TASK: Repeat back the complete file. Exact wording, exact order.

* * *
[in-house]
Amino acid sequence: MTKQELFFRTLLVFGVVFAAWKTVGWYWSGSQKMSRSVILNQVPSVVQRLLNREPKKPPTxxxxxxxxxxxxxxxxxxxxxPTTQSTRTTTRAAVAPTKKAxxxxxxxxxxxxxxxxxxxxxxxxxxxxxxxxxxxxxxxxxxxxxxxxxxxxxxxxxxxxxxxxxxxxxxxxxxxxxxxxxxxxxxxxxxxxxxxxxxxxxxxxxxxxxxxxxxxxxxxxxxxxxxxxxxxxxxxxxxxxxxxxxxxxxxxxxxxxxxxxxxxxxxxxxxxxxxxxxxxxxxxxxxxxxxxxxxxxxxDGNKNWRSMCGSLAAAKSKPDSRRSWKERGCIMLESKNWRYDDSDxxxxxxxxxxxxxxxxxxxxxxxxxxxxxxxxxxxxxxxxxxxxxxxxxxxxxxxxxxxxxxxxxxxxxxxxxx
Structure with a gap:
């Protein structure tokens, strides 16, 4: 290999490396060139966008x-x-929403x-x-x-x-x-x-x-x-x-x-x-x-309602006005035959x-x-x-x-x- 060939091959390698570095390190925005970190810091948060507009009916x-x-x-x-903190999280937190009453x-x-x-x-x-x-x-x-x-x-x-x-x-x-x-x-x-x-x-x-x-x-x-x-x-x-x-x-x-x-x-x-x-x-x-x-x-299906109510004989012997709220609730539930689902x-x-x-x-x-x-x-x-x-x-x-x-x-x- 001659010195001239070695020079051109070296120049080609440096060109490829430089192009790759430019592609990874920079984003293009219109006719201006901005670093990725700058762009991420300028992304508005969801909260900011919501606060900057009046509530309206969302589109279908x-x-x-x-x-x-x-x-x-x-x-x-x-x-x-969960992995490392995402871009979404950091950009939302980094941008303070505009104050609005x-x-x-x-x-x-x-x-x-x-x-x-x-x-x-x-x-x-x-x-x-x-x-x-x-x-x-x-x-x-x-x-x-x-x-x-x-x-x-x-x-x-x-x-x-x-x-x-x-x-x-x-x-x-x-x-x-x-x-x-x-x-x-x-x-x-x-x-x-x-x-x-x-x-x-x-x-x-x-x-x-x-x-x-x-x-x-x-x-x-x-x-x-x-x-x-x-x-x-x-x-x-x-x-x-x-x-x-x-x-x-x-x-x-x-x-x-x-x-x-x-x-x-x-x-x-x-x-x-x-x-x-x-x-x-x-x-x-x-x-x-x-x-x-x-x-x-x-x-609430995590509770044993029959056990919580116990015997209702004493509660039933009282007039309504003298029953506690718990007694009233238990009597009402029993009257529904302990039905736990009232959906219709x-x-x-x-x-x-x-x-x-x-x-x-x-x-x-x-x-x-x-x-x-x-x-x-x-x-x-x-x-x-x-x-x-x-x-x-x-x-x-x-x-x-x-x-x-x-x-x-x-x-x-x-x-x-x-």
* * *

[in-house]
Amino acid sequence: MTKQELFFRTLLVFGVVFAAWKTVGWYWSGSQKMSRSVILNQVPSVVQRLLNREPKKPPTxxxxxxxxxxxxxxxxxxxxxPTTQSTRTTTRAAVAPTKKAxxxxxxxxxxxxxxxxxxxxxxxxxxxxxxxxxxxxxxxxxxxxxxxxxxxxxxxxxxxxxxxxxxxxxxxxxxxxxxxxxxxxxxxxxxxxxxxxxxxxxxxxxxxxxxxxxxxxxxxxxxxxxxxxxxxxxxxxxxxxxxxxxxxxxxxxxxxxxxxxxxxxxxxxxxxxxxxxxxxxxxxxxxxxxxxxxxxxxxDGNKNWRSMCGSLAAAKSKPDSRRSWKERGCIMLESKNWRYDDSDxxxxxxxxxxxxxxxxxxxxxxxxxxxxxxxxxxxxxxxxxxxxxxxxxxxxxxxxxxxxxxxxxxxxxxxxxx
Structure with a gap:
């Protein structure tokens, strides 16, 4: 290999490396060139966008x-x-929403x-x-x-x-x-x-x-x-x-x-x-x-309602006005035959x-x-x-x-x- 060939091959390698570095390190925005970190810091948060507009009916x-x-x-x-903190999280937190009453x-x-x-x-x-x-x-x-x-x-x-x-x-x-x-x-x-x-x-x-x-x-x-x-x-x-x-x-x-x-x-x-x-x-x-x-x-299906109510004989012997709220609730539930689902x-x-x-x-x-x-x-x-x-x-x-x-x-x- 001659010195001239070695020079051109070296120049080609440096060109490829430089192009790759430019592609990874920079984003293009219109006719201006901005670093990725700058762009991420300028992304508005969801909260900011919501606060900057009046509530309206969302589109279908x-x-x-x-x-x-x-x-x-x-x-x-x-x-x-969960992995490392995402871009979404950091950009939302980094941008303070505009104050609005x-x-x-x-x-x-x-x-x-x-x-x-x-x-x-x-x-x-x-x-x-x-x-x-x-x-x-x-x-x-x-x-x-x-x-x-x-x-x-x-x-x-x-x-x-x-x-x-x-x-x-x-x-x-x-x-x-x-x-x-x-x-x-x-x-x-x-x-x-x-x-x-x-x-x-x-x-x-x-x-x-x-x-x-x-x-x-x-x-x-x-x-x-x-x-x-x-x-x-x-x-x-x-x-x-x-x-x-x-x-x-x-x-x-x-x-x-x-x-x-x-x-x-x-x-x-x-x-x-x-x-x-x-x-x-x-x-x-x-x-x-x-x-x-x-x-x-x-x-609430995590509770044993029959056990919580116990015997209702004493509660039933009282007039309504003298029953506690718990007694009233238990009597009402029993009257529904302990039905736990009232959906219709x-x-x-x-x-x-x-x-x-x-x-x-x-x-x-x-x-x-x-x-x-x-x-x-x-x-x-x-x-x-x-x-x-x-x-x-x-x-x-x-x-x-x-x-x-x-x-x-x-x-x-x-x-x-x-």